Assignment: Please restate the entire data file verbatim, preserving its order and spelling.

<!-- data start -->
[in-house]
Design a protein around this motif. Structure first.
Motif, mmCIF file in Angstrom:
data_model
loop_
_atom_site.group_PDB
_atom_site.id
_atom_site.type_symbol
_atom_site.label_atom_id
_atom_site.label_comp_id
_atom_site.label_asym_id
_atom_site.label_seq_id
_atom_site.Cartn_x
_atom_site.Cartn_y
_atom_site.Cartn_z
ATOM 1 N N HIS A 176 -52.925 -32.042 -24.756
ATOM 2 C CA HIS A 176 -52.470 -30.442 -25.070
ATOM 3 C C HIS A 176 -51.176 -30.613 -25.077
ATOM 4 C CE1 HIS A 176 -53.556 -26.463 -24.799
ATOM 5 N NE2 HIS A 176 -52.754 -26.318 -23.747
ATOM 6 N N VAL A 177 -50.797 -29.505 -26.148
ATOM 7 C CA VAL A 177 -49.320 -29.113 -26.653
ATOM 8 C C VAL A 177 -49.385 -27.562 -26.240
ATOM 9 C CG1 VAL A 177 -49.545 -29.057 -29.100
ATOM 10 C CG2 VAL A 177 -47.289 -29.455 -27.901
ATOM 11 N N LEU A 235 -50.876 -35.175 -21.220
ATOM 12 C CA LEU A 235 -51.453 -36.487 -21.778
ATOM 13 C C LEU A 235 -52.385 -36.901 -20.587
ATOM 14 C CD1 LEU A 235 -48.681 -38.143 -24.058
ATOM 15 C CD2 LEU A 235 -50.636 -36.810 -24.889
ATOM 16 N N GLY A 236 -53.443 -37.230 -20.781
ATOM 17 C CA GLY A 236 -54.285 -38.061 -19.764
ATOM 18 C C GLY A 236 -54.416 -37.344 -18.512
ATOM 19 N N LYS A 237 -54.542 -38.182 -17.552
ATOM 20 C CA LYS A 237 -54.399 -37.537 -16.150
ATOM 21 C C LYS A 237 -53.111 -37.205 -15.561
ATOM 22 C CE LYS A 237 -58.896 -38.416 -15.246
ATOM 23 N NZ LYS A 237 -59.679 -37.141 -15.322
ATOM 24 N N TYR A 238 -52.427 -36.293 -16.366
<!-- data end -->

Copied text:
[in-house]
Design a protein around this motif. Structure first.
Motif, mmCIF file in Angstrom:
data_model
loop_
_atom_site.group_PDB
_atom_site.id
_atom_site.type_symbol
_atom_site.label_atom_id
_atom_site.label_comp_id
_atom_site.label_asym_id
_atom_site.label_seq_id
_atom_site.Cartn_x
_atom_site.Cartn_y
_atom_site.Cartn_z
ATOM 1 N N HIS A 176 -52.925 -32.042 -24.756
ATOM 2 C CA HIS A 176 -52.470 -30.442 -25.070
ATOM 3 C C HIS A 176 -51.176 -30.613 -25.077
ATOM 4 C CE1 HIS A 176 -53.556 -26.463 -24.799
ATOM 5 N NE2 HIS A 176 -52.754 -26.318 -23.747
ATOM 6 N N VAL A 177 -50.797 -29.505 -26.148
ATOM 7 C CA VAL A 177 -49.320 -29.113 -26.653
ATOM 8 C C VAL A 177 -49.385 -27.562 -26.240
ATOM 9 C CG1 VAL A 177 -49.545 -29.057 -29.100
ATOM 10 C CG2 VAL A 177 -47.289 -29.455 -27.901
ATOM 11 N N LEU A 235 -50.876 -35.175 -21.220
ATOM 12 C CA LEU A 235 -51.453 -36.487 -21.778
ATOM 13 C C LEU A 235 -52.385 -36.901 -20.587
ATOM 14 C CD1 LEU A 235 -48.681 -38.143 -24.058
ATOM 15 C CD2 LEU A 235 -50.636 -36.810 -24.889
ATOM 16 N N GLY A 236 -53.443 -37.230 -20.781
ATOM 17 C CA GLY A 236 -54.285 -38.061 -19.764
ATOM 18 C C GLY A 236 -54.416 -37.344 -18.512
ATOM 19 N N LYS A 237 -54.542 -38.182 -17.552
ATOM 20 C CA LYS A 237 -54.399 -37.537 -16.150
ATOM 21 C C LYS A 237 -53.111 -37.205 -15.561
ATOM 22 C CE LYS A 237 -58.896 -38.416 -15.246
ATOM 23 N NZ LYS A 237 -59.679 -37.141 -15.322
ATOM 24 N N TYR A 238 -52.427 -36.293 -16.366